Where does the tax revenue go?

On Wednesday, November 23, Maryland will officially launch online sports betting, becoming the 22nd state (along with Washington, DC) where sports fans can legally bet online and on mobile devices.

While sports fans across the state are rejoicing, some may be wondering where Maryland’s tax revenue from mobile sports betting will go.

Here’s what you need to know about legal online sports betting in Maryland, taxes and how the state government uses the proceeds.

The vast majority of fees and taxes generated from sports betting revenue in Maryland, including all taxes on actual betting revenue, go into the Maryland Department of Education’s blueprint for the Maryland’s Future Fund. According to the official website, the Blueprint for Maryland’s Future:

“The Blueprint is a landmark law passed in 2021 that includes sweeping changes to Maryland’s early childhood and public schools. By increasing education funding by $3.8 billion per year over the next 10 years, the Blueprint will enrich student experiences, accelerate student outcomes, and improve the overall quality of education in Maryland.

“Bringing opportunity and a brighter future to every child in Maryland, the Blueprint for Maryland’s Future will transform the state’s education and early childhood systems with sweeping policy changes and an unprecedented investment of state and local resources.

“Putting equity at the forefront, the Blueprint mandates new programs and innovative approaches to catalyze a world-renowned education system that aims to close performance gaps and ensure opportunities for every student, regardless of family income, race, ethnicity, and/or Capability.”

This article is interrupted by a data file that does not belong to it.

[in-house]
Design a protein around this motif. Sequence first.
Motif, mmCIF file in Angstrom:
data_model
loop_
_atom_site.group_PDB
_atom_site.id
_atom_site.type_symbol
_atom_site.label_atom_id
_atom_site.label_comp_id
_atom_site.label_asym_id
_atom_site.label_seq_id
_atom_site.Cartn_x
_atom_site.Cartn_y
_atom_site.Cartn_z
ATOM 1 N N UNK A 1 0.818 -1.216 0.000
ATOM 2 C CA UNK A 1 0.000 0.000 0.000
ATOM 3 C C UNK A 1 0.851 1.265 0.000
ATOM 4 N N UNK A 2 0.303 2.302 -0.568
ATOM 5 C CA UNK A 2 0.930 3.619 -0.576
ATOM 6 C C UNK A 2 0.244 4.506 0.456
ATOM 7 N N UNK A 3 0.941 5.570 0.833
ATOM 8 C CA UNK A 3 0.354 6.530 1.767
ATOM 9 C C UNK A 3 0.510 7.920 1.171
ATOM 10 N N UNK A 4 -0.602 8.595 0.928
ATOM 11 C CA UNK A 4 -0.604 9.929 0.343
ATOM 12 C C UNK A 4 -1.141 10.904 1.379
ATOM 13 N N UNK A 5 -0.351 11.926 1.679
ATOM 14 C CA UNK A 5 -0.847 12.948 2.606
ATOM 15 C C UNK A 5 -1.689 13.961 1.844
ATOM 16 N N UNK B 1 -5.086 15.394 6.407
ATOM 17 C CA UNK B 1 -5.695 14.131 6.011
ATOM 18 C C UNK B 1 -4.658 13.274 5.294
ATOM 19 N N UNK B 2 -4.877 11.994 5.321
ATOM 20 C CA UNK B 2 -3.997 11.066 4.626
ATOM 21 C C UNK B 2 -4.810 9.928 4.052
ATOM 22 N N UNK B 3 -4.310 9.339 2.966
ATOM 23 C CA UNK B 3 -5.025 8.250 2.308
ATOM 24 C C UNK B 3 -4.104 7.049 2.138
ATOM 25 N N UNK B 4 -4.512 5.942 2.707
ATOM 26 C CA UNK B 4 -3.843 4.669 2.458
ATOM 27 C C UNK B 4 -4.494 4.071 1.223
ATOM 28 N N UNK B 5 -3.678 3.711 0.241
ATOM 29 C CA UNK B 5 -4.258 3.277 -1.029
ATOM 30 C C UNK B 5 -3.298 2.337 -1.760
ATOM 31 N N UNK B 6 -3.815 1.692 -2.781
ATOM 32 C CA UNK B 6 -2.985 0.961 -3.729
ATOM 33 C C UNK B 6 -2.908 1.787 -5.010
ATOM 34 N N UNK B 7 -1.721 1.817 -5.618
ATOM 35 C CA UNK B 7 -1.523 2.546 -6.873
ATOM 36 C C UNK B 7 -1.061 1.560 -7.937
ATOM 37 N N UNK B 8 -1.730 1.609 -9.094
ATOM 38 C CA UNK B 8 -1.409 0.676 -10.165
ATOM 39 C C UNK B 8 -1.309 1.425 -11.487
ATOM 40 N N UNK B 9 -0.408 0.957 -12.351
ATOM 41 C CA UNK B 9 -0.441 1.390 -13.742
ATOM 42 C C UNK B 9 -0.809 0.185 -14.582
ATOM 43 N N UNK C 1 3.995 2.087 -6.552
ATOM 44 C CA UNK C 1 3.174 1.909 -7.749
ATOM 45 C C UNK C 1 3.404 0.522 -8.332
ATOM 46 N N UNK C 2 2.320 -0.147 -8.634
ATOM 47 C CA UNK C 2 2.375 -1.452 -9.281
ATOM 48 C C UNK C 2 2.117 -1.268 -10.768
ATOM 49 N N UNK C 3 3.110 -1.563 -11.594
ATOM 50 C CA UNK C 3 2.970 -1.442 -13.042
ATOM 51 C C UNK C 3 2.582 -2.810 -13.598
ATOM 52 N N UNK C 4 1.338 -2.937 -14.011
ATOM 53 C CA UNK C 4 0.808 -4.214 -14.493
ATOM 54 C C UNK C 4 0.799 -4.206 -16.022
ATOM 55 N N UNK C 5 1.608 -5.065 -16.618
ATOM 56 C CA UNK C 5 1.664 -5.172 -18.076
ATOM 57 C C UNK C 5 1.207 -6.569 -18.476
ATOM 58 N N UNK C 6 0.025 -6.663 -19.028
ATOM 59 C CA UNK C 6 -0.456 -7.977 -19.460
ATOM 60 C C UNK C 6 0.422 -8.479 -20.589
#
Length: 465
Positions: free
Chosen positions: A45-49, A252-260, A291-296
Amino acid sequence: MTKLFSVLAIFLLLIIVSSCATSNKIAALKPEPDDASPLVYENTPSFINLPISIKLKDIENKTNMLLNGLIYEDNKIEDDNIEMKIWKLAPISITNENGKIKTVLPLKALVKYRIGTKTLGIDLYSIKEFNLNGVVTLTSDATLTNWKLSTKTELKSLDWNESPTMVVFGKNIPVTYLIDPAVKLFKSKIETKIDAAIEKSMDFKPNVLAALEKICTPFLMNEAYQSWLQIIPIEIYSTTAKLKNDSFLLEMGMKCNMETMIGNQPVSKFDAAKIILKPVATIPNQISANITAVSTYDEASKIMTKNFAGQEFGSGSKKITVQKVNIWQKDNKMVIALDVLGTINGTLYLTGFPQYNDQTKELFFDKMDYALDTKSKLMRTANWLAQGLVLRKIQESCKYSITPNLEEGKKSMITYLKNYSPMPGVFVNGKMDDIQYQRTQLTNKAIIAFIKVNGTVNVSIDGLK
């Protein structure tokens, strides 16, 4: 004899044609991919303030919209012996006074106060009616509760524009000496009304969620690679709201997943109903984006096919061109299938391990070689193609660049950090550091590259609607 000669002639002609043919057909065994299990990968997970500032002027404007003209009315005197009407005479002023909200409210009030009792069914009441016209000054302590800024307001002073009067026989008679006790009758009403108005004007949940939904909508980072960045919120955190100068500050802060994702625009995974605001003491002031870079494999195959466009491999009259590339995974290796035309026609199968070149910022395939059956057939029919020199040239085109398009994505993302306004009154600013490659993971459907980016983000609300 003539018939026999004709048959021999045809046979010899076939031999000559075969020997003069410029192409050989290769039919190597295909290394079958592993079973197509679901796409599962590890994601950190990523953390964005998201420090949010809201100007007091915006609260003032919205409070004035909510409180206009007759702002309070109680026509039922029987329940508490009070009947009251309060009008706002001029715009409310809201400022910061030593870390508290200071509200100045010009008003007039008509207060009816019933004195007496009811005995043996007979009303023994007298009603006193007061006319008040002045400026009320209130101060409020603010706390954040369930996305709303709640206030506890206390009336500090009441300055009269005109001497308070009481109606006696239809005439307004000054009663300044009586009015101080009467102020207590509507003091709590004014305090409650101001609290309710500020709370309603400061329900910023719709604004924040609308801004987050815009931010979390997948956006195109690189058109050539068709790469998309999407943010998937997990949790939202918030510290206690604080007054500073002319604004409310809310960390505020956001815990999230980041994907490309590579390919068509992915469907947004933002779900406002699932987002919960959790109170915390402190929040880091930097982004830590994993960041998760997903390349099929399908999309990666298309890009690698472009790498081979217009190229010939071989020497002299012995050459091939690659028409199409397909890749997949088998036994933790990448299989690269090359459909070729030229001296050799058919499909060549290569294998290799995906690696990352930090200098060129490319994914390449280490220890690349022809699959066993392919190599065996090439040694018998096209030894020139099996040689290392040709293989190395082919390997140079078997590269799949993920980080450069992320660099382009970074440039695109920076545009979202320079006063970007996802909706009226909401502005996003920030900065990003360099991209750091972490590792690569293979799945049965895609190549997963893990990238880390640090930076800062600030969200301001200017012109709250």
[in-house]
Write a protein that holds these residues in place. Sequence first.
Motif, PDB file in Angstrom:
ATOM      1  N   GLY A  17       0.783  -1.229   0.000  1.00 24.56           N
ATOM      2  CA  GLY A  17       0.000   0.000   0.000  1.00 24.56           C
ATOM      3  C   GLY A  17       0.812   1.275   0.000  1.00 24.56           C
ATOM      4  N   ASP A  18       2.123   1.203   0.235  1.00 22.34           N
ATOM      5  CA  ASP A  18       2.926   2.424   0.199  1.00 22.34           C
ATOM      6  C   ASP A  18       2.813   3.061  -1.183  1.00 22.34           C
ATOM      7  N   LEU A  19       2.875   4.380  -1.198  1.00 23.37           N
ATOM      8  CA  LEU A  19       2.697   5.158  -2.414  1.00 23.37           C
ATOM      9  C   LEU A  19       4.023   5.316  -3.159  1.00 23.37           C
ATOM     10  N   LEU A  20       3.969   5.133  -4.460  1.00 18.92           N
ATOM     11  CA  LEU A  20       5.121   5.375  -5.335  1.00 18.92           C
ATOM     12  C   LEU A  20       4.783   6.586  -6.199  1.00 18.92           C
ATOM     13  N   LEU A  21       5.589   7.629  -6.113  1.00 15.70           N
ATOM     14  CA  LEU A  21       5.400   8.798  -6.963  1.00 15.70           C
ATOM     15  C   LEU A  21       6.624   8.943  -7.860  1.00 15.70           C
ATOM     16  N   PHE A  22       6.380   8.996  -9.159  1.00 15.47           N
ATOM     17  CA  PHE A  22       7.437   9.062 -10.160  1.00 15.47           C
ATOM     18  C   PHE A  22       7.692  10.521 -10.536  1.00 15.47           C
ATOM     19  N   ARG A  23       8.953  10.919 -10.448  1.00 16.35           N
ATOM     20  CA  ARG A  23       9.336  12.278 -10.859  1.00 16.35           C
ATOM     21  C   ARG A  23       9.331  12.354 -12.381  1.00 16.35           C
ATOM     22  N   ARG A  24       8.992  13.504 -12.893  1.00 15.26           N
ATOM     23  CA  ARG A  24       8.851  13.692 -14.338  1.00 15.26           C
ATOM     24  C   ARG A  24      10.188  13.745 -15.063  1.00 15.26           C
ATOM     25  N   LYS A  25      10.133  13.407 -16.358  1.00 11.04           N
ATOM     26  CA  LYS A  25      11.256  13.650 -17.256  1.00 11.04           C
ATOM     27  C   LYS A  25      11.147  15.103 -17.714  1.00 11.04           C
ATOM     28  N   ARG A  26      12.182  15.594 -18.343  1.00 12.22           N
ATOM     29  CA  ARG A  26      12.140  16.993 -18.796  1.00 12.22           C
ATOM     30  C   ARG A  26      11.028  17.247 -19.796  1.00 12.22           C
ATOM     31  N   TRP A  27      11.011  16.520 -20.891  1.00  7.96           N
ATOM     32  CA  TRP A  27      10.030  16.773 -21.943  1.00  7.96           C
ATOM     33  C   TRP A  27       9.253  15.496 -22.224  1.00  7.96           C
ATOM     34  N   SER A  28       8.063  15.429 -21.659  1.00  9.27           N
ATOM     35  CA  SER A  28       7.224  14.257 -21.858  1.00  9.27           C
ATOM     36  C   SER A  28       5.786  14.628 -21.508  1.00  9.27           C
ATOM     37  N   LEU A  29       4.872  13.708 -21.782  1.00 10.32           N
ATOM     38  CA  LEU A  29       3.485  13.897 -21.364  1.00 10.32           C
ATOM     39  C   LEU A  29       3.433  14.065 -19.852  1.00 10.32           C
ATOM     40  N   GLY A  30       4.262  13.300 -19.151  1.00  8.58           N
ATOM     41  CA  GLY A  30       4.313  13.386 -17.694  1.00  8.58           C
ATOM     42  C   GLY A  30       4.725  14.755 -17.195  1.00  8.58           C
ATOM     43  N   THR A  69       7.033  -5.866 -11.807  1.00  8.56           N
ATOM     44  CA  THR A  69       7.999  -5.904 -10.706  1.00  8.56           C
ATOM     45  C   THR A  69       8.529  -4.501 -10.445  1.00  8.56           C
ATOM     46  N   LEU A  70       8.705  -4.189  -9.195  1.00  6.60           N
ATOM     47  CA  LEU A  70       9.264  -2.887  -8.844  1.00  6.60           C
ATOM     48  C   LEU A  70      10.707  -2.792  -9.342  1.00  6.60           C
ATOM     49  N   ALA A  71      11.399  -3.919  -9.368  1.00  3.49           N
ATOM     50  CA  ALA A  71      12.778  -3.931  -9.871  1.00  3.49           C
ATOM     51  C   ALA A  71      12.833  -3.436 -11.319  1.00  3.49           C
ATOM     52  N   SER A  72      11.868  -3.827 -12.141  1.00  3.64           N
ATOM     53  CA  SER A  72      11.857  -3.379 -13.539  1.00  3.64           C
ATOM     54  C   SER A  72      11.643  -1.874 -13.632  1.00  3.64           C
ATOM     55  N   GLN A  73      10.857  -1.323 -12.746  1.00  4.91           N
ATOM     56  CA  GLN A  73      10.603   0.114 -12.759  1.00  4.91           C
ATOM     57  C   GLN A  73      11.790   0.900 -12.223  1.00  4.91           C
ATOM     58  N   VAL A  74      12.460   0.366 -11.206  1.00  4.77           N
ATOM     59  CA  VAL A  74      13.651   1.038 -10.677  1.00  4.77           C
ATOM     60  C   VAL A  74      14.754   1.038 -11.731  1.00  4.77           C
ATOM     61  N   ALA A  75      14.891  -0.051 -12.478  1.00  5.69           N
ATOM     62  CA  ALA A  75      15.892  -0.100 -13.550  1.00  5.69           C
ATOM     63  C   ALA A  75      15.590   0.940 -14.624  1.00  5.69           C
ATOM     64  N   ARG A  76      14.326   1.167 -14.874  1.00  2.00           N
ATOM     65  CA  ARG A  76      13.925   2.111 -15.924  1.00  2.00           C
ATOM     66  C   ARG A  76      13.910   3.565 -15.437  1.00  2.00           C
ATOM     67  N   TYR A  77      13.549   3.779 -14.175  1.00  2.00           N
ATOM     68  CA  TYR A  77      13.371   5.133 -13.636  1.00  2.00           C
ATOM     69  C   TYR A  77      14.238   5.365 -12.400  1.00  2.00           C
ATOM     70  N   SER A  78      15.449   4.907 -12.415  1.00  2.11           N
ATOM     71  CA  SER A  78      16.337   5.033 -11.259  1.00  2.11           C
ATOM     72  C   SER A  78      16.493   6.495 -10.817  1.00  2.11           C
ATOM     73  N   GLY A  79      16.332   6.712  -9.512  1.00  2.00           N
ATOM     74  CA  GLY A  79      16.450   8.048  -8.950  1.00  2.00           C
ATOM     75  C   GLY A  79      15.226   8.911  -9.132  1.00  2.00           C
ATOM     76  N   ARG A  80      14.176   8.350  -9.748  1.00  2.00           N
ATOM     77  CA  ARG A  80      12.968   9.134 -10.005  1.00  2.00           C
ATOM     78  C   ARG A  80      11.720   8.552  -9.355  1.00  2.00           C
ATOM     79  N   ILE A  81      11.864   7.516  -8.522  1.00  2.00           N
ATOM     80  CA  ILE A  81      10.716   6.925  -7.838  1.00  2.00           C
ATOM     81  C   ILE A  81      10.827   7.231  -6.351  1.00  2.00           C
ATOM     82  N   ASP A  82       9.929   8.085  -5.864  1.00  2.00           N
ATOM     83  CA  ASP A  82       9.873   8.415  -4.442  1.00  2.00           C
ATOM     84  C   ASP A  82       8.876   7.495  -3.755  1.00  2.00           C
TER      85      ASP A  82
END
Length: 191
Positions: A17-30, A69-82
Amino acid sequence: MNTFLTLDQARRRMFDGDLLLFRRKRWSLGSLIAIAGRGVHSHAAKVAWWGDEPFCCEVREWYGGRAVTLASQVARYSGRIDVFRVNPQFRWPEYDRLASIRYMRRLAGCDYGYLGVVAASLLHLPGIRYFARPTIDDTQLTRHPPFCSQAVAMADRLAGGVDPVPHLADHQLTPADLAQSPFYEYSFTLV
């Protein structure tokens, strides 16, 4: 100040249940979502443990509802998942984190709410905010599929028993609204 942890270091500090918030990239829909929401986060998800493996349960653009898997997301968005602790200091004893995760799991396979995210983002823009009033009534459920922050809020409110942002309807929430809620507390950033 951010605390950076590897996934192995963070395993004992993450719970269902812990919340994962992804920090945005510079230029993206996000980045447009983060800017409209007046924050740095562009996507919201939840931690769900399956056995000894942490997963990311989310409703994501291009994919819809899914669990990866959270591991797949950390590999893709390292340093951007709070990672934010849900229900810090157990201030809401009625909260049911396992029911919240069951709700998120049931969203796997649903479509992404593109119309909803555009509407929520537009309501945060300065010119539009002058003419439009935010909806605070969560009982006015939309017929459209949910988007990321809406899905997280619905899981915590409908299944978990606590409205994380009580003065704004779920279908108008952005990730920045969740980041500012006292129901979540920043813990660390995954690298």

In addition, according to official Maryland law, “the governor is required to include in the fiscal year 2023 budget appropriations of $1.5 million each for Bowie State University and Morgan State University to establish centers for set up the study of data analysis and sports games.”

Additionally, “The bill creates the SMWOBSWA fund to provide grants or loans to minority and women-owned small businesses to facilitate participation in the sports betting industry. The fund receives 5% of the fees charged for each class A-1 and A-2 sports betting license.” This means the SMWOBSWA (Small, Minority-Owned, and Women-Owned Business Sports Wagering Assistance) The fund does not receive any additional tax revenue from day-to-day operations, but from the granting of each license to a sports betting company in Maryland.

Eventually, the State Lottery and Gaming Control Agency will collect $4.9 million from the same sports betting royalties. That revenue is earmarked for fiscal 2022, but the bill clarifies:

“While it is anticipated that revenue from license application fees distributed to the State Lottery and Gaming Control Agency (SLGCA) as shown above will be fully realized in fiscal 2022, the estimated $4.9 million is expected to be -Dollars accounted for a portion of SLGCA costs under the bill for the entire five-year period and paid accordingly. A portion of the licensee’s share of reported revenue is used to reimburse SLGCA for costs related to background investigations; this amount is not repeated under government revenue.”

Estimates vary widely as to how much taxable revenue online sports betting will generate in Maryland. The state is officially forecasting annual sales of just under $20 million, while other unofficial estimates are projecting revenue possibly closer to $100 million.

Separately, we know the Maryland sports betting tax rate, which is 15%, the same as Louisiana, Illinois and Virginia, and is similar to the 13% and 13.75% tax rates for online sports betting in New Jersey and Connecticut, respectively.

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